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Making Split Plain Bearings Sleeves?

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  • Making Split Plain Bearings Sleeves?

    I'm curious as to how the split bearing sleeve are made. It seems like they must be forced through some sort of die I've never seen how they're made.

    I know they make them from all kinds of materials.I've seen them brass, bronze, aluminum, & plastic or steel back with PTFE liner some graphite plug usually real thin.

    I ask because I occasionally have a need for a cheap bushing for a wear surface and I figured that I could probably use a small piece of copper tubing or aluminum flattened out pushed through die for some non-critical applications. I just never seen it done so I'm not exactly sure how to go about setting up a jig. to do it.
    Last edited by Jmay; 11-06-2017, 09:23 AM.

  • #2
    Are you talking about DU bushings?

    -D
    DZER

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    • #3
      Are you looking at something thick enough to actually machine it or you want to form shells similar to the thin sleeve bearings in a typical car engine? I'm sort of guessing from your desire to use some copper tubing that you are after a thin sleeve. The issue there becomes one of making the sleeve just very slightly oversize and accurately round so when it's squeezed into the saddles that hold them in place that they fit the journal. So I'm not sure where a die comes into this other than for those that are stamped out on suitable dies in mass production.
      Chilliwack BC, Canada

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      • #4
        Originally posted by Doozer View Post
        Are you talking about DU bushings?

        -D
        Yep that's kinds the idea.

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        • #5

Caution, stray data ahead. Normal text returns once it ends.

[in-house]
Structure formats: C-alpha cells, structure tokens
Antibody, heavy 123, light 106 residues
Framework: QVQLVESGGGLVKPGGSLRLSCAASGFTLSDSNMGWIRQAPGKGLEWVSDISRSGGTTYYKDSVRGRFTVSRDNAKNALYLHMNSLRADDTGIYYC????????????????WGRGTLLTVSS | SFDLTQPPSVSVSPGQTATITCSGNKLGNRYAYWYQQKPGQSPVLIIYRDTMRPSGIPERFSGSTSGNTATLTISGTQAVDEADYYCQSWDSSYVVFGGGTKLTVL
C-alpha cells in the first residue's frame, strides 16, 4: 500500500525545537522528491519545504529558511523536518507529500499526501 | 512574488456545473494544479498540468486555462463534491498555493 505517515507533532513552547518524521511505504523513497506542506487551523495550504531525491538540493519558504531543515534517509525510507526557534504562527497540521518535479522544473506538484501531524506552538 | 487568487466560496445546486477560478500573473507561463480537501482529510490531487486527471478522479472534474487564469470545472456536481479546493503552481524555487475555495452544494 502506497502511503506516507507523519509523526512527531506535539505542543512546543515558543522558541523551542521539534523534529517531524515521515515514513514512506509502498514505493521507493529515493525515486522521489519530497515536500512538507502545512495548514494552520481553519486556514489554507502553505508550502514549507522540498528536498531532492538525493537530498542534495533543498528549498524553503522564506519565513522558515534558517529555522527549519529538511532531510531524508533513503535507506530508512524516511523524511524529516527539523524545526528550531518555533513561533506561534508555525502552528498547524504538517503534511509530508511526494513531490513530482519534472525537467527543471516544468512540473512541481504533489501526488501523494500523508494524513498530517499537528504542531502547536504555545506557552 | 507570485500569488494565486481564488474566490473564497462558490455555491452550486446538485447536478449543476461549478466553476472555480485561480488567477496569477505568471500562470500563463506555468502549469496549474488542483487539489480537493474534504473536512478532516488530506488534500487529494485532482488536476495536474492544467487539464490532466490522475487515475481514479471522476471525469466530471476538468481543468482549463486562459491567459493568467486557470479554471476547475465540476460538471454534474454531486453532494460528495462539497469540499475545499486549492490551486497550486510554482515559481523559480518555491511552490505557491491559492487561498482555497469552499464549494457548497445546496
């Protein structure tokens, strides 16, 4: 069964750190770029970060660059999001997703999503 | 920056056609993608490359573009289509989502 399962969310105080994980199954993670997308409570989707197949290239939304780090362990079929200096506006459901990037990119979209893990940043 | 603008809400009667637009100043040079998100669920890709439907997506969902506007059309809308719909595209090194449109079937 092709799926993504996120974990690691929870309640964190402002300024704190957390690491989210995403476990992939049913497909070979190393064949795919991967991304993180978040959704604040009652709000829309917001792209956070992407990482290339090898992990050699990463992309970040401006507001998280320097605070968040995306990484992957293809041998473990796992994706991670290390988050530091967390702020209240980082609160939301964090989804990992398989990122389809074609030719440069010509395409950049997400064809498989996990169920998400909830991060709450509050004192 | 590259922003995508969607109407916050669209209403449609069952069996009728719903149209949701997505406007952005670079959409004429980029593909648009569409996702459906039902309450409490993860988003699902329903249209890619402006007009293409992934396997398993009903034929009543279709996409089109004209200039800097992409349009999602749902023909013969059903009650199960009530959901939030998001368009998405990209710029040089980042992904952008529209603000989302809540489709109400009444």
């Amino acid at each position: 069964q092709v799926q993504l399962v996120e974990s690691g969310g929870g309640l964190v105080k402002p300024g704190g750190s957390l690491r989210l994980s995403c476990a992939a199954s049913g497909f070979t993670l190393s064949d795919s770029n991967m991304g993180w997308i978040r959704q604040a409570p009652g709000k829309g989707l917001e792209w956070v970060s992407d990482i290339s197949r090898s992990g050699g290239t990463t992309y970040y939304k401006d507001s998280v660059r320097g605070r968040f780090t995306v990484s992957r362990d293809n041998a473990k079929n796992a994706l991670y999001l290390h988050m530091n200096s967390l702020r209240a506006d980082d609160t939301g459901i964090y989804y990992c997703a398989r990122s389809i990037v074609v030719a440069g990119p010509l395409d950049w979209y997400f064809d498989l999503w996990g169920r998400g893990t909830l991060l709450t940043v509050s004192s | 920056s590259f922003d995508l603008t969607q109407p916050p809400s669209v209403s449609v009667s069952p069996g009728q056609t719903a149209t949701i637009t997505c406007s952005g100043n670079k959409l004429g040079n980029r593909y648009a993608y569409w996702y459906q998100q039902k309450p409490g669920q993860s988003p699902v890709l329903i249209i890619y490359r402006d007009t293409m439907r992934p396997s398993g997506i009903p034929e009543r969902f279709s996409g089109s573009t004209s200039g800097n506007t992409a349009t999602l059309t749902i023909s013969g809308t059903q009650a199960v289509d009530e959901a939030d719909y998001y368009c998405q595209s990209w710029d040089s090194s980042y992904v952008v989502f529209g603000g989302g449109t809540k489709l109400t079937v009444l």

Originally posted by BCRider View Post
          Are you looking at something thick enough to actually machine it or you want to form shells similar to the thin sleeve bearings in a typical car engine? I'm sort of guessing from your desire to use some copper tubing that you are after a thin sleeve. The issue there becomes one of making the sleeve just very slightly oversize and accurately round so when it's squeezed into the saddles that hold them in place that they fit the journal. So I'm not sure where a die comes into this other than for those that are stamped out on suitable dies in mass production.
          Yes I mean thin DU split type bushing. No I am not looking for any dies, just curious how they are formed or mass-produced that way I can get an idea how to do it myself maybe.

          My thought is to rollers with a 3rd roller on lever The same diameter of the shaft for the application. Then take the flat piece that will be the bushing material figure your PI calculation trim it down. Then adjust the outer 2 rollers to OD of the shaft + thickness of bushing material x 2 and force the center roller with the bushing material on it. Turn and repeat a few times.

          In my head this sounds good. We shall see. I understand this is not for high speed, critical, or any other serious application.

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          • #6
            In my career in a naval shipyard we worked dozens of hoist, boat, and deck winches on every ship. Many were furnished with split bronze bearings making ready bearing replacement possible without completely dismantling the drums, bull gears, gypsys, collars, seal retainers, etc from their shafts.

            Bronze stock was prepared by roughing out the bushing over-size and under-size to allow for the slitting saw and over-length to allow for the offset. The prepared stock was split on the centerline, the joint fitted and soft soldered metal to metal with a 3/16 axial offset to access the split for subsequent set-up. Then the bushing was turned and bored in reference to the centerline split (reference provided by the axial shift) and faced to length. Then grease grooves, holes ect were machined. After finishing, the bushing was heated to release the solder and the joint hot-wiped the remove the residue.

            Split babbitt bearing shells are made in much the same way but the babbitt lining is cast in a separate operation.

            There are other ways including rolling up halves of the correct thickness and fixturing them for machining the joints, etc, and mass production methods used by ICE industry bearing suppliers.
            Last edited by Forrest Addy; 11-06-2017, 05:03 PM.

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